“No, I’ll be right back. I just have to do something,” I said, thinking it better not share with her just yet what I was gonna do.
“Girls night in, though, right?” Kat asked, dangling the keys in front of my face and waiting for me to answer.
“Yeah, yeah, girls night in,” I repeated, snatching the keys from her hand.
“I’m gonna find movies in Netflix, so you better be back in a few hours!” she yelled.
I ran down the stairs, hoping I’d still catch Liam. I thanked my lucky stars when I realized that he was barely getting into his car. I waited inside the building, not wanting for him to see. I got there in time to see him look up at where my apartment was. He closed his eyes, sighed, and just stood there for a minute.
The emotions I saw cross over his face made me want to reach out to him. It took all I had to stay standing there, just looking at him, before he got into his car.
Following Liam’s car, while trying to be discreet was not easy. Now that I wasn’t in the car with him, I noticed that he didn’t respect the speed limits. He drove fast. But I couldn’t just be directly behind him. It was even harder because there weren’t that many cars out and about. We lived in a small town. It wasn’t like a bustling city where I could just hide behind another car.
I felt like a crazy person for even following him in the first place. About ten times I thought about turning back, going to my apartment, and have that girl’s night in with Kat. I’d already ditched my job.
The thought that I might never see him again if I didn’t find out where he lived or the places he frequented kept me going.
I wasn’t sure where I expected him to go, but parking on the side of the road in the outskirts of town was definitely not it. The weirdest part was that his car was not the only one there. I was too far away to see much. It was hard to keep close to him once we got that far out of town.
His was the only car on the road other than mine. I didn’t think he’d seen me, but I was still trying to be careful. I parked my car about half a mile behind his, and jumped out. He’d already walked into the woods.
The sky was dark, and there was a misty rain falling over the woods. It had been raining more heavily in town. I felt a chill go down my body. Thankfully, Kat had her stuff spilled all over her car. I grabbed the first sweater I spotted in the backseat and headed into the woods.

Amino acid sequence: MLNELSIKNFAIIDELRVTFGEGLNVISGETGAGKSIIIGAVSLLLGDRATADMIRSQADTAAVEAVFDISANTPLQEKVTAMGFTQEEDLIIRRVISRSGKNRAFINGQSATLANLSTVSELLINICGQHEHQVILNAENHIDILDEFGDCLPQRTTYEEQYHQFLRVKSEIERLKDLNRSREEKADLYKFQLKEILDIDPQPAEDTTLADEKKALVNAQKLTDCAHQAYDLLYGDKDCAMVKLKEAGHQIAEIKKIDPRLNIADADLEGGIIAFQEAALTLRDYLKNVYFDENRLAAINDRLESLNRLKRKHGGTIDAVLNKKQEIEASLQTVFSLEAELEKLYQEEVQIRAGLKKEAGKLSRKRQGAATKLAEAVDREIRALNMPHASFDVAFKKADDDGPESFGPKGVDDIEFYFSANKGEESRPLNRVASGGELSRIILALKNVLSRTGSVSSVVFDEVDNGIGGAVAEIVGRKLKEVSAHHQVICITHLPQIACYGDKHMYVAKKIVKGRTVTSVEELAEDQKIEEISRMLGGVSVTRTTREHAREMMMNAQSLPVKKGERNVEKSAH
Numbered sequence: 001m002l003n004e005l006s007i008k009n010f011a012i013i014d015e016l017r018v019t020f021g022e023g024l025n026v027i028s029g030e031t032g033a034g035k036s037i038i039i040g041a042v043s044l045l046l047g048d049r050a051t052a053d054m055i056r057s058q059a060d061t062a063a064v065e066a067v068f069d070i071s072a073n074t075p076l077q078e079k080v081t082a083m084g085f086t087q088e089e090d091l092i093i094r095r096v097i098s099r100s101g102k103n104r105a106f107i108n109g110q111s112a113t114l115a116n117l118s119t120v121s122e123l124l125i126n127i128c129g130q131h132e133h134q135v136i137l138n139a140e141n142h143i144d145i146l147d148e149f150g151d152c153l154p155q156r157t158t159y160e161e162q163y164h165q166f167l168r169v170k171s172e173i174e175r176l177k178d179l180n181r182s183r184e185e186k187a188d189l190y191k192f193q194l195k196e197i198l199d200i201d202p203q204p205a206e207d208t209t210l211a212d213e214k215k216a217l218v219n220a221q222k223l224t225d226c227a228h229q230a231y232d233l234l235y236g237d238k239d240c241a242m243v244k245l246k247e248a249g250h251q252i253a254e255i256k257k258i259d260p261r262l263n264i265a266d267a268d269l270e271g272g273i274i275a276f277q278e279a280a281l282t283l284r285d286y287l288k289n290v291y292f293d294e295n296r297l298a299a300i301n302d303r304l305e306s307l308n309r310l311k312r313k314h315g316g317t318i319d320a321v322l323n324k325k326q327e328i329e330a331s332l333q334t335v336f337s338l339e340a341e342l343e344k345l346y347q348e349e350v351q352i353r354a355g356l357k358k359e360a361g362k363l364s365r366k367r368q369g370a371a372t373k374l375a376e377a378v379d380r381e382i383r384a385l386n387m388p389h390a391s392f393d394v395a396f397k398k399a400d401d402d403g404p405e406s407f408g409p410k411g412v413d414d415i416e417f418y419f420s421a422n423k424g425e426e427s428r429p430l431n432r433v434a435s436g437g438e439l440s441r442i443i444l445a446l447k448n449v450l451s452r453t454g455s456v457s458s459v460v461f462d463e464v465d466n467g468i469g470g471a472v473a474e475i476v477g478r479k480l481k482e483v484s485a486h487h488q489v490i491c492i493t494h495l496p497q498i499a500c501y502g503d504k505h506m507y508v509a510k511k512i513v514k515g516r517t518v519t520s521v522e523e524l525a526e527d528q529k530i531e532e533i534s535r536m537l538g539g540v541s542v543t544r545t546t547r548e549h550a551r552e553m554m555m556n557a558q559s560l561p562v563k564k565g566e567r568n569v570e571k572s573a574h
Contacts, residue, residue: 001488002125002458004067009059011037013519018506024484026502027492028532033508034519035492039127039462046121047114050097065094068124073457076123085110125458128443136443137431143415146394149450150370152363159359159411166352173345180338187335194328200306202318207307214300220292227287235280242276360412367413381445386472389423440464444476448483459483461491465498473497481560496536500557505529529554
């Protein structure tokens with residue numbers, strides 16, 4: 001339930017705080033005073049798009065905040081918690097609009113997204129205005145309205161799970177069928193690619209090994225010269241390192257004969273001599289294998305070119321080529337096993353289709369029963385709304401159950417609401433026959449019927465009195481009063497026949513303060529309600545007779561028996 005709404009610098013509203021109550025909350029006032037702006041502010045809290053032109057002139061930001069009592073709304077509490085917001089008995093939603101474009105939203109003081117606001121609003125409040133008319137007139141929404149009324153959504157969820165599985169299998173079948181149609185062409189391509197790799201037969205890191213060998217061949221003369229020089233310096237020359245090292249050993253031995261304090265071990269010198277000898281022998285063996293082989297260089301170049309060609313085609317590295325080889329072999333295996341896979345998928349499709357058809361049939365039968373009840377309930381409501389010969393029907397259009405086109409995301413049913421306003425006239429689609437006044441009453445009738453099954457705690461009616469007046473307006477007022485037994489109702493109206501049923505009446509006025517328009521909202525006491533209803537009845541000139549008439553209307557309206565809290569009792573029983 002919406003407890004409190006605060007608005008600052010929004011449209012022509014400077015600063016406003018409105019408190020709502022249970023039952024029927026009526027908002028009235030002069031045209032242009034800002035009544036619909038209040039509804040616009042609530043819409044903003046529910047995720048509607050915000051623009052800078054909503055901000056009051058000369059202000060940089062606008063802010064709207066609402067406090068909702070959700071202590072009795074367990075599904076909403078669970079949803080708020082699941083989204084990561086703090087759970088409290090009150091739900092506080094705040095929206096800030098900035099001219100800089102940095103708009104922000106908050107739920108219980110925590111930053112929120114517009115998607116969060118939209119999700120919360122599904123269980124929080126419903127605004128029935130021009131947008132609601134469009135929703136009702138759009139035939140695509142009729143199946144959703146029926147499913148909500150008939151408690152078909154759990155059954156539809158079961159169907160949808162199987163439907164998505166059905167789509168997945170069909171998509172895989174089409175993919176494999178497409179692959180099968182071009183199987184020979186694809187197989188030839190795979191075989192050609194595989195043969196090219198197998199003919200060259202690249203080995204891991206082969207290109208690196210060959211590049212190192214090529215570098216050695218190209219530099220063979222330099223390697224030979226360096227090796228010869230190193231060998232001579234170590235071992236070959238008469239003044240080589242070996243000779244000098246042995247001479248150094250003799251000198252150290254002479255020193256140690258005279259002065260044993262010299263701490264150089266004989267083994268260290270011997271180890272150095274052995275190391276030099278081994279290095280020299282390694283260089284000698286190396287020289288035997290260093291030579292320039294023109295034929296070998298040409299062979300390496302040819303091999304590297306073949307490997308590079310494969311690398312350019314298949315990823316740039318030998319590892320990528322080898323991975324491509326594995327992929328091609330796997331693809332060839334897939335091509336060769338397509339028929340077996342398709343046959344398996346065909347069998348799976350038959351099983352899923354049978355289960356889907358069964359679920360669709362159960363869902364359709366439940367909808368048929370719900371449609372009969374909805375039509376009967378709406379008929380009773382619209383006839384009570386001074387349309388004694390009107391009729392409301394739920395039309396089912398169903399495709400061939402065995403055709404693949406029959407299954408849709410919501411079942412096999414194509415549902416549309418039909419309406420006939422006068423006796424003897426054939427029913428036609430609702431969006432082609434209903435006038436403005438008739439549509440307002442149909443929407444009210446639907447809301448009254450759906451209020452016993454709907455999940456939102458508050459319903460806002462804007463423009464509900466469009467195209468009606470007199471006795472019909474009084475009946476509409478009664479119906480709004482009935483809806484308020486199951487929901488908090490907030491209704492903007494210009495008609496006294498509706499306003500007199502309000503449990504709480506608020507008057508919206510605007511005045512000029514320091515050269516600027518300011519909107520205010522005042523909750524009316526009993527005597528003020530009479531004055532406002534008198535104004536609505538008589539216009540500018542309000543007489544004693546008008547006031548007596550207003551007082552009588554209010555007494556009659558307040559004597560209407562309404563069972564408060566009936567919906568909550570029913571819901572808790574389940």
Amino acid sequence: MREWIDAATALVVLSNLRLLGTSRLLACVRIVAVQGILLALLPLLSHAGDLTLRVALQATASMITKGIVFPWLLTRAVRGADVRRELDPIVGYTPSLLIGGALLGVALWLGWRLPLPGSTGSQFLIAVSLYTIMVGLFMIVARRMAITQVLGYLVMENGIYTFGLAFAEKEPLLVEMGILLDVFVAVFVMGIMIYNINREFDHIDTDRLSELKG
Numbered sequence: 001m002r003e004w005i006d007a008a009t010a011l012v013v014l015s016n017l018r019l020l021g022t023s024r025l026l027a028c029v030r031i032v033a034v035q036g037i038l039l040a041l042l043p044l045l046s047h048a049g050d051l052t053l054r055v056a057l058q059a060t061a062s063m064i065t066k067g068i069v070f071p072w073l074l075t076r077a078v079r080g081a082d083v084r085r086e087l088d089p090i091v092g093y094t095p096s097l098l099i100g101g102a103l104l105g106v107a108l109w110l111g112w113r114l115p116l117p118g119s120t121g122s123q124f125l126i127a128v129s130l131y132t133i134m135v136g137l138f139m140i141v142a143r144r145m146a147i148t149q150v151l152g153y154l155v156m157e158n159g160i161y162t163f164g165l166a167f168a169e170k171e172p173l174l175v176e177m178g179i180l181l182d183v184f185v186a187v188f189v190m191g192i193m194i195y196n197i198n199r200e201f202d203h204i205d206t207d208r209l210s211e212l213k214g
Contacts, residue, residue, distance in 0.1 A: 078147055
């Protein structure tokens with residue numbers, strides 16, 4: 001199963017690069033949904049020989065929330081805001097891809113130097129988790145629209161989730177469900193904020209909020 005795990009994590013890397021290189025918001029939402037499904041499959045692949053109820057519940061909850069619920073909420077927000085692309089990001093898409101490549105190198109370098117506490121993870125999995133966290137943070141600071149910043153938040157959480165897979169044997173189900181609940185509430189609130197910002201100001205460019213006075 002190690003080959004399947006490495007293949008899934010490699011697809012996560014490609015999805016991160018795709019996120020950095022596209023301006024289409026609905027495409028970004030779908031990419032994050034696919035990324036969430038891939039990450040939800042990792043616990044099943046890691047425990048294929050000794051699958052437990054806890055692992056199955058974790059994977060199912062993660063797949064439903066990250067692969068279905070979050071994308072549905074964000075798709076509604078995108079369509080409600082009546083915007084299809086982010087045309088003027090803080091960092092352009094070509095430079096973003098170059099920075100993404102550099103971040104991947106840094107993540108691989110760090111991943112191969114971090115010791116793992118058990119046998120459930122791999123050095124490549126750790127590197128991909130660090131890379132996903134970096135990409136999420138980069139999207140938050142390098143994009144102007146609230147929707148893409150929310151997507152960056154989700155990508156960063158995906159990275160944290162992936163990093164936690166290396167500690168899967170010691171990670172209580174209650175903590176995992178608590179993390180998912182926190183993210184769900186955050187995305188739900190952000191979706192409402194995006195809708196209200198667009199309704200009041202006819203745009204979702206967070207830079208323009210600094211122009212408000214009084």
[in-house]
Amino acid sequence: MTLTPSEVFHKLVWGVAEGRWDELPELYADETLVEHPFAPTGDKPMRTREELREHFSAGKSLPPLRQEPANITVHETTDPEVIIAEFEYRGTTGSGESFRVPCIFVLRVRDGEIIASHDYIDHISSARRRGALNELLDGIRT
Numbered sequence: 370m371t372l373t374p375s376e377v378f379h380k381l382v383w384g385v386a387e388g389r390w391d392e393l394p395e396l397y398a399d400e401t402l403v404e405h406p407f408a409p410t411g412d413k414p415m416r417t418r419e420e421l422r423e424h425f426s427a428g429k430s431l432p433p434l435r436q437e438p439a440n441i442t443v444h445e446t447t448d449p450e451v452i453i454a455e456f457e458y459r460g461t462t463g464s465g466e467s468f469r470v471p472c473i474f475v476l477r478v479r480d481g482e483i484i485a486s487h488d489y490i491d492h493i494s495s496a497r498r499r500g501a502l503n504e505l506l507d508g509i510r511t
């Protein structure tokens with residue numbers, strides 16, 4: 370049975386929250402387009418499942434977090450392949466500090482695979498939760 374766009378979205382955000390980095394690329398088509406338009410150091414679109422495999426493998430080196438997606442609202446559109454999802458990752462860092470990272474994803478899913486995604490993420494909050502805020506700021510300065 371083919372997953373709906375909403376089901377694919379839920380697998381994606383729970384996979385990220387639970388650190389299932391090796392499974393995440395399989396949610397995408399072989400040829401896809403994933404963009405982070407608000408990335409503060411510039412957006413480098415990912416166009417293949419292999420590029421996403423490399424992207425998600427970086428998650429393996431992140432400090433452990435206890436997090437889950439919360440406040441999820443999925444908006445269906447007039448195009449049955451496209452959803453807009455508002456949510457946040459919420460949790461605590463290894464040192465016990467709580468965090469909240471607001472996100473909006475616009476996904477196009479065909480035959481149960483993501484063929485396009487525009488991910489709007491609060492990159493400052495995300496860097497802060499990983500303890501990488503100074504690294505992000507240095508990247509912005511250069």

I didn’t think I’d find what I was looking for. Now I was just curious about what Liam was doing in the middle of the woods.
I walked and walked and walked. It must’ve been about an hour later when I finally told myself that I was lost. I dug out my cellphone from my pocket and realized for the first time that there was no signal where I was. I didn’t want to admit it to myself, but I was starting to panic.
I sat on the ground, with my legs propped up and my back against a tall tree, wondering what I was gonna do—what my options were. Kat was surely going to send someone to look for me if I took too long, but there was no way she would know where to start looking. I hadn’t bothered to tell her what I was doing, especially since I didn’t know where I was going.
The woods were extensive—they went on and on. It was easy for someone to get lost. The trails that led to the river were mostly centered in the woods that were nearby the town. Those were the only parts of the woods that people usually frequented. I was too far off. So far, I hadn’t seen any trails at all.
It was getting darker, and the misty rain was falling somewhat harder. I was curled up against the tree, hugging my legs, and with the hoody on, trying to cover myself from the water.
That was when I heard the voices—his voice, to be exact.
Another man spoke, his words harsh. He sounded older, but without seeing him, I couldn’t be sure. I tried to follow the voices, but it was hard. I heard a loud growl that threw me off.